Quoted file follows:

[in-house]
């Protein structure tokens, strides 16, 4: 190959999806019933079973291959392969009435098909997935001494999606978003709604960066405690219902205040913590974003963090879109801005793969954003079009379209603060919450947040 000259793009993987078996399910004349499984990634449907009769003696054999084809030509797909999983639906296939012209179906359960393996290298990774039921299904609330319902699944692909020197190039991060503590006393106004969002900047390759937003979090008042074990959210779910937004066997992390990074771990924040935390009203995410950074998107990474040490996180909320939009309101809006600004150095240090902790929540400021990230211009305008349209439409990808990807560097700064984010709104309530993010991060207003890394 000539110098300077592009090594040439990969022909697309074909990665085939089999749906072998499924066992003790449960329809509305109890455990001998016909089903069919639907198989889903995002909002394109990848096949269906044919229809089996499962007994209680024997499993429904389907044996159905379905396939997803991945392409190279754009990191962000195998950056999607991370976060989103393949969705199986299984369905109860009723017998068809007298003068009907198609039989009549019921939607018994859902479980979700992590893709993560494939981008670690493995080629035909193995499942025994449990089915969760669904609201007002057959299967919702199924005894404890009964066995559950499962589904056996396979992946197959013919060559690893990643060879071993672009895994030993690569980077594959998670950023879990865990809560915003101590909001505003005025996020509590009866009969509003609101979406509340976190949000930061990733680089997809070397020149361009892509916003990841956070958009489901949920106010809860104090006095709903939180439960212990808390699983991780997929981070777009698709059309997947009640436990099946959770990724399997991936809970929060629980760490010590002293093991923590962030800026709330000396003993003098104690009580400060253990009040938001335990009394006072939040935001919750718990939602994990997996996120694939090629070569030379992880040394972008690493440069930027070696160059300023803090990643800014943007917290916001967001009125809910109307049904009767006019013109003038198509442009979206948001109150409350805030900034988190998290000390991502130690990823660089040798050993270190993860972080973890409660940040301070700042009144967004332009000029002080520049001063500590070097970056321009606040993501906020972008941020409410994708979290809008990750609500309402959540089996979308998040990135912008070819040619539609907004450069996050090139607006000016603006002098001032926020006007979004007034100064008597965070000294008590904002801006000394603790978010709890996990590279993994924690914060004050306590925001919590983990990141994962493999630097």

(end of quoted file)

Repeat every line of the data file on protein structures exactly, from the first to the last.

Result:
[in-house]
């Protein structure tokens, strides 16, 4: 190959999806019933079973291959392969009435098909997935001494999606978003709604960066405690219902205040913590974003963090879109801005793969954003079009379209603060919450947040 000259793009993987078996399910004349499984990634449907009769003696054999084809030509797909999983639906296939012209179906359960393996290298990774039921299904609330319902699944692909020197190039991060503590006393106004969002900047390759937003979090008042074990959210779910937004066997992390990074771990924040935390009203995410950074998107990474040490996180909320939009309101809006600004150095240090902790929540400021990230211009305008349209439409990808990807560097700064984010709104309530993010991060207003890394 000539110098300077592009090594040439990969022909697309074909990665085939089999749906072998499924066992003790449960329809509305109890455990001998016909089903069919639907198989889903995002909002394109990848096949269906044919229809089996499962007994209680024997499993429904389907044996159905379905396939997803991945392409190279754009990191962000195998950056999607991370976060989103393949969705199986299984369905109860009723017998068809007298003068009907198609039989009549019921939607018994859902479980979700992590893709993560494939981008670690493995080629035909193995499942025994449990089915969760669904609201007002057959299967919702199924005894404890009964066995559950499962589904056996396979992946197959013919060559690893990643060879071993672009895994030993690569980077594959998670950023879990865990809560915003101590909001505003005025996020509590009866009969509003609101979406509340976190949000930061990733680089997809070397020149361009892509916003990841956070958009489901949920106010809860104090006095709903939180439960212990808390699983991780997929981070777009698709059309997947009640436990099946959770990724399997991936809970929060629980760490010590002293093991923590962030800026709330000396003993003098104690009580400060253990009040938001335990009394006072939040935001919750718990939602994990997996996120694939090629070569030379992880040394972008690493440069930027070696160059300023803090990643800014943007917290916001967001009125809910109307049904009767006019013109003038198509442009979206948001109150409350805030900034988190998290000390991502130690990823660089040798050993270190993860972080973890409660940040301070700042009144967004332009000029002080520049001063500590070097970056321009606040993501906020972008941020409410994708979290809008990750609500309402959540089996979308998040990135912008070819040619539609907004450069996050090139607006000016603006002098001032926020006007979004007034100064008597965070000294008590904002801006000394603790978010709890996990590279993994924690914060004050306590925001919590983990990141994962493999630097």